Published on: May 30, 2017

Building rapport with your interviewer is essential. If you do not build a rapport with your interviewer, it will be difficult for them to get to know much about you, and you will be unlikely to be seen as a good fit with the company culture and with your potential coworkers.

Every job interview involves some amount of small talk and although it might first appear to just be small talk, it is actually an opportunity to help you and your interviewer find out some things that you have in common that will help illustrate a picture of what it would look like with you at the company.

When you are looking for a job, there are many things that you can do both before, during, and after a job interview to prove you are a good fit for the position and that you are somebody they can get along well with. Here are some of the important things to take with you to your next interview:

Before the Interview

In addition to finding out as much as you can about the actual job, it is equally important that you find out everything that you can about the person who will be interviewing you. If you are not sure who you are going to be interviewing with beforehand, find out as much as you can about all of the big names at the company. Look them up on social media sites and career sites. You can usually find out a lot about someone just by doing an internet search for their name.

You should find out as much as you can about the key personnel at the company so that you will already know some of the key points to touch on that are also relevant to you. You are not likely to impress your prospective boss by telling him or her that you regularly enjoy 80 hour work weeks if your interviewer values a strong work-life balance and time with family.

This does not mean by any means that you should feign to be someone you're not, but one of the most important indicators that you will get a good job offer is your ability to get along with your interviewer and your prospective coworkers. Knowing what you have in common with them ahead of time can help encourage rapport and what points to bring up that you can build a positive relationship on.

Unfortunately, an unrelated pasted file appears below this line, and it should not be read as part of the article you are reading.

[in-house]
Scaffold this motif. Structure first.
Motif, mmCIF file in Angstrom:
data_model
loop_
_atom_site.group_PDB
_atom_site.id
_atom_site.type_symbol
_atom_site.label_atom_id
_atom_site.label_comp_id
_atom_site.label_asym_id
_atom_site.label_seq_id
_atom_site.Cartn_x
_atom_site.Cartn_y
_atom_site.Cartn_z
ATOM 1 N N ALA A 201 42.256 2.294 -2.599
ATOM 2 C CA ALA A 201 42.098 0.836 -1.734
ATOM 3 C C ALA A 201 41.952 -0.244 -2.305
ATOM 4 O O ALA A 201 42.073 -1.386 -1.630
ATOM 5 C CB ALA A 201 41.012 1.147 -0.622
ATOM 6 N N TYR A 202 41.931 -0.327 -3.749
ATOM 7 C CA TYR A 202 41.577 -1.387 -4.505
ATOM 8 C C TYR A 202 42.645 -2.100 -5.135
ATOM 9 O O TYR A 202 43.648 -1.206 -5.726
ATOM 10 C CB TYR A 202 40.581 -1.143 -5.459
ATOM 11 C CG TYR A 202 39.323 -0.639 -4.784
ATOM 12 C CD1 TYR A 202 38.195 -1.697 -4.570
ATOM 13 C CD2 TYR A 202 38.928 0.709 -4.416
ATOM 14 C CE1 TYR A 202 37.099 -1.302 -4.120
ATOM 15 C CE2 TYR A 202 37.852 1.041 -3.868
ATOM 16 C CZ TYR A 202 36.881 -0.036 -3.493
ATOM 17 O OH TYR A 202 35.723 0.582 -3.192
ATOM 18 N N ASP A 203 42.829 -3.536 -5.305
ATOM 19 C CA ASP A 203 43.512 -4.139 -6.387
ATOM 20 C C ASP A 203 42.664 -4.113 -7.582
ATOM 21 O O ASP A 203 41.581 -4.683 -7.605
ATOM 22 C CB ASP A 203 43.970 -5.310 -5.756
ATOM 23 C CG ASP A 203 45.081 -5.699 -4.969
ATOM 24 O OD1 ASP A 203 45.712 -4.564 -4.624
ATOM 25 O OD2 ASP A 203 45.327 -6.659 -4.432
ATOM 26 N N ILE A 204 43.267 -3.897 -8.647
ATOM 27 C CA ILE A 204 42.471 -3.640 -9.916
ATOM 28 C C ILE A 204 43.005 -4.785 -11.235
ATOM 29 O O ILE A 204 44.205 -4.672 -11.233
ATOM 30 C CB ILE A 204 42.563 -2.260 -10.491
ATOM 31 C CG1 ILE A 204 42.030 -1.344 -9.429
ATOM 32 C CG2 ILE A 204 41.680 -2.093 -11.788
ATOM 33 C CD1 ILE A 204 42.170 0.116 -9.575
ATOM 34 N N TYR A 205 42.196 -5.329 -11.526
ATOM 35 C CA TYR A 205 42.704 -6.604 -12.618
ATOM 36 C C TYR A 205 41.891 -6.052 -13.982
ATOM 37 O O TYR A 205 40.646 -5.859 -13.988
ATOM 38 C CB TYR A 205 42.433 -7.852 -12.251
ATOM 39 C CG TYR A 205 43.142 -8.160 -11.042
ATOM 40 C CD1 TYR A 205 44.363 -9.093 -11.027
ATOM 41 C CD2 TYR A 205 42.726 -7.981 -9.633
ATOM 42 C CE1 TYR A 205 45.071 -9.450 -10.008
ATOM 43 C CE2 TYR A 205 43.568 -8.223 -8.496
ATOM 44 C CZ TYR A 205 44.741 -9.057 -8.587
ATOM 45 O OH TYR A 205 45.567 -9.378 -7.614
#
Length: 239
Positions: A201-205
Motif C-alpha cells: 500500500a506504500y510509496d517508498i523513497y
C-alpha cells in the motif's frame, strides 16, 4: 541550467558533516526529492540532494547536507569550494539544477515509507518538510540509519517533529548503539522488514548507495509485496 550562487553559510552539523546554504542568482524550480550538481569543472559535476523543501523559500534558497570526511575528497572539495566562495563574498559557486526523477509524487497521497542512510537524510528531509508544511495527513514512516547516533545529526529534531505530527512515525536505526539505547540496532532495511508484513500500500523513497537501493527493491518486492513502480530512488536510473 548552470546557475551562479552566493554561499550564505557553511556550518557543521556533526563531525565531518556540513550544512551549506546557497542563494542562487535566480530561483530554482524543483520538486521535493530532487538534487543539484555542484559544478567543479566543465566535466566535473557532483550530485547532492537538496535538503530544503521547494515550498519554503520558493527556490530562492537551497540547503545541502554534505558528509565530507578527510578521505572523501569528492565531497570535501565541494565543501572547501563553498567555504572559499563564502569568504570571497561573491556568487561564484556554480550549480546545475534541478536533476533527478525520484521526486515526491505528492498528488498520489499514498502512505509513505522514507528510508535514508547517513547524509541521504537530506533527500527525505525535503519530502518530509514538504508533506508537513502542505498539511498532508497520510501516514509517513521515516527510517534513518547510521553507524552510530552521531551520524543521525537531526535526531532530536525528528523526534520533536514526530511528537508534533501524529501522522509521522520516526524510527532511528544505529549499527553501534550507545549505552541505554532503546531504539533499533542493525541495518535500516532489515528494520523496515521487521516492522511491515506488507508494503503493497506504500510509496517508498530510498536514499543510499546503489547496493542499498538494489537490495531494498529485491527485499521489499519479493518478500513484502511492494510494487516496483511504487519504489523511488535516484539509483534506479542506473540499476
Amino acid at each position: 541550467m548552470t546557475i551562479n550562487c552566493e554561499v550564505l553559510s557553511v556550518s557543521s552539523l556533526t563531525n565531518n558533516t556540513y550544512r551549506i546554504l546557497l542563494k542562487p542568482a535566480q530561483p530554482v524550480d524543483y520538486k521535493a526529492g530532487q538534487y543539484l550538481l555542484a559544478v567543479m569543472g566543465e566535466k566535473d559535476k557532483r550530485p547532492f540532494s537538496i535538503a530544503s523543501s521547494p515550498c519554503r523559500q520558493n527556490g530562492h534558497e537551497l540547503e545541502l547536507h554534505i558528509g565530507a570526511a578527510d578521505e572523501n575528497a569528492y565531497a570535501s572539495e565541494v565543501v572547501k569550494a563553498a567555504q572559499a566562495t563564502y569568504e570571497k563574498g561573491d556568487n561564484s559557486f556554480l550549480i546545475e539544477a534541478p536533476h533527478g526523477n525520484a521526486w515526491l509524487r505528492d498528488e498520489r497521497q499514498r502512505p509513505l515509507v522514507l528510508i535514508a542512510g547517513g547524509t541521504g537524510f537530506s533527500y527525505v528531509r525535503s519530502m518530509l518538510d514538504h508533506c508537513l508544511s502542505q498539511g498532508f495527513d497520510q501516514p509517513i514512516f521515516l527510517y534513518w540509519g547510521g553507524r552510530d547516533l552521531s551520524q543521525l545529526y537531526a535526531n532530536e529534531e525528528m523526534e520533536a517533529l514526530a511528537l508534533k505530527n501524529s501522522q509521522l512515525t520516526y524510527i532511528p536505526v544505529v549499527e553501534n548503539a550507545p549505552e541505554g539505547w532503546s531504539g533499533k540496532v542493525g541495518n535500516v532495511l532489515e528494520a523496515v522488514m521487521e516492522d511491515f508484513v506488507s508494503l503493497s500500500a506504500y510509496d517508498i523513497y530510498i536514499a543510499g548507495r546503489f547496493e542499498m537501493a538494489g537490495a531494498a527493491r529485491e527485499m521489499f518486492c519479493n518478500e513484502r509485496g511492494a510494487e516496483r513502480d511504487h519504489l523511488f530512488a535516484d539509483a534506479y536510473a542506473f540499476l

During the Interview

During the interview, look for clues around the office that might clue you in to things that you and the interviewer have in common. If you see photos of the interviewer and his or her family, for example, bring up your strong commitment to family and mention activities that you enjoy doing with them. Avoid making something up in an effort to bond with the interviewer, but where you see clues, there is nothing wrong with taking the clues to build up your own case a little bit.

It is also essential during the interview to remember that few things will build rapport with an interviewer the way that good manners will. Be courteous, look them in the eye, and remember that your body language will speak much louder than anything you actually say. Avoid slouching and interrupting your interviewer, as these things will make even the best messages and conversations memorable for the wrong reasons.

After the Interview

Building rapport with an interviewer doesn't end with the final handshake at the end of your conversation. The most important thing you can do to help you get a good job that is the perfect fit for you actually has nothing to do with anything you do or say during the interview itself. It has everything to do with what you do after the interview is done and you have gone home and changed into your comfortable clothes.

The most important thing that you can do to highlight your character and build on the rapport you developed with the interviewer is to write a thank you note to your interviewer. They took the time to meet with you and spent a significant amount of time talking with you and whether you feel qualified for the job or not after leaving their office, common courtesy dictates that

Building positive rapport with your interviewer can ultimately make or break your ability to ace the interview and land the job. Remembering these important things to do before, during, and after your job interview can help you illustrate your qualifications and highlight your most positive characteristics that will help you land your dream job.

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LiveCareer Staff Writer

LiveCareer Staff Writer

At LiveCareer, we live and breathe the belief that we can help people transform their work lives, and so do our contributors. Our experts come from a variety of backgrounds but have one thing in common: they are authorities on the job market. From journalists with years of experience covering…

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